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The Hippies Arrived

the hippies arrived

By Manuel Abreu Adorno (1978)
Translated by Manuel Arturo Abreu (2014)

Don’t ask me why it happened. I don’t have the slightest idea why they celebrated it there in the first place. Neither do I remember exactly when they began to arrive like hordes from the north. They came in groups, of five or six, sometimes more. They arrived in the morning, noon, and night. They arrived to stay the three days the festival lasted. They arrived with their bookbags and tents. They arrived with manes and in blue jeans. They arrived with hash and kief. They arrived with flutes and guitars. They arrived hitchhiking on the highway. They’ve arrived, the braless chicks and shirtless dudes. They arrived barefoot and with flowers in their hair. They arrived carrying the most recent Jerry Rubin tucked under their arms. They arrived making the peace sign with their fingers in a V. They arrived with the words Peace and Love on their lips. They arrived tall and short, fat and thin, blond and dark. The hippies arrived to Vega Baja.

I arrived the same Friday it began. I arrived to the stay the three days the festival lasted. I arrived with my mane and my blue jeans. I arrived without a bookbag or tent. I arrived without hash or kief. I arrived with money to buy LSD. I arrived without flute or guitar. I arrived on a bus from San Juan. I arrived with a long-sleeved blue shirt. I arrived in leather sandals. I arrived with a wine-filled Spanish boot hanging on my arm. I arrived waiting to catch a good position near the scene. I arrived smiling at the blond chicks. I arrived at six pm to Vega Baja.

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Fran.

There is nothing more unsettling than seeing someone walking alone with a smile on their face. I’m not referring to your regular ‘life is nice’ type smile, but a big one, a smile with teeth. It makes the person look psychotic and makes those around them uncomfortable.

Fran always walked around with a big smile, a smile with teeth. It made her look psychotic. She wasn’t psychotic though. Her mind was relatively dull actually. She was entirely self-absorbed and this naturally made her boring to other people.  Fran didn’t think she was boring though.

Fran liked having conversations in her head. Conversations with other people were boring; conversations with herself however were of constant amusement. I suppose they weren’t really conversations, rather she imagined a voice talking in her head, about herself. The voice was a choice; she didn’t believe the voice was there of its own accord. It was just a way to pass time whilst walking to and from work at the sock shop. She sold socks. She wasn’t passionate about it and she didn’t get paid well.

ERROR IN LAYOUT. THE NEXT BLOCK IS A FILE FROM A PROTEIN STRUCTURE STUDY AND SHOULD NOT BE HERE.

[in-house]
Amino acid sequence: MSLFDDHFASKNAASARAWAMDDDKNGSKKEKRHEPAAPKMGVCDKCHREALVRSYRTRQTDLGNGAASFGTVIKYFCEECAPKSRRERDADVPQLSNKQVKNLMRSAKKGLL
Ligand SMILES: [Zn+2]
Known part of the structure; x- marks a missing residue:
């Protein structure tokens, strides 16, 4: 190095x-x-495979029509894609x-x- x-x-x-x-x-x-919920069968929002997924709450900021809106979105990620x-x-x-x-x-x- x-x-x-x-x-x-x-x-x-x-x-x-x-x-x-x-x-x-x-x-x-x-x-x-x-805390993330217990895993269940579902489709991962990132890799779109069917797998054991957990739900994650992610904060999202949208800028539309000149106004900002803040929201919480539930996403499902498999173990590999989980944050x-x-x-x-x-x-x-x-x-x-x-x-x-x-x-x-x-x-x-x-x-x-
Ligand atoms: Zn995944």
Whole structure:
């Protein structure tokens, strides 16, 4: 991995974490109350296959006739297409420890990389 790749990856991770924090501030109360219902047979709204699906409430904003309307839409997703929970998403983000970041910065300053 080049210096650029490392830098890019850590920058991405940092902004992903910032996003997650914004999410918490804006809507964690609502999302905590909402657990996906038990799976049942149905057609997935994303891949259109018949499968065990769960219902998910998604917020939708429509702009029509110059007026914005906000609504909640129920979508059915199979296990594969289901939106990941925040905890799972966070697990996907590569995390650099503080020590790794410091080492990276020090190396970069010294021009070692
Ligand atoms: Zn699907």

Fran was 22 and bored. She hated socks, she didn’t wear them anymore. As a result she had to throw out a lot of her shoes. She had a boyfriend, Jerry. She didn’t like him but he was good looking. She wasn’t depressed, she liked herself a lot.

Fran imagined she was a famous tambourine player and the voice in her head was that of a critic, or of many critics. She didn’t imagine herself as being overly famous but thought of herself as an underground favorite. A darling of the intellectual music lovers.

“Fran is the best thing to happen to music since Bob Dylan went electric. She is the perfect combination of experimental fun and astute social commentary. Her work is extremely ahead of its time and has a real urgency to it; I haven’t heard something this exciting in a long time. The shakes of her tambourine reveal a lot about the postmodern condition. Fran might just change the world.”

Having a voice in her head saying these things to her is what caused Fran to smile with teeth whilst walking alone on the street. For some reason she didn’t feel inclined to pick up a tambourine though. She had never picked up a tambourine. She had never played any instrument on stage. She had never been on a stage. She thought that if she did go on stage with a tambourine that is the type of thing people would say though. Fran didn’t not pick up a tambourine as some sort of nihilistic protest to deny the world her talents. She genuinely just couldn’t be bothered picking up a tambourine. Fran was satisfied with the voice in her head knowing how amazing she was.

“Fran turned the New York music scene on its head last night with a performance that can’t be described accurately with words. The crowd was enthralled. It was as though Fran was showing us the future. She is the future, Fran and her tambourine.”

Fran was a bit of a narcissist.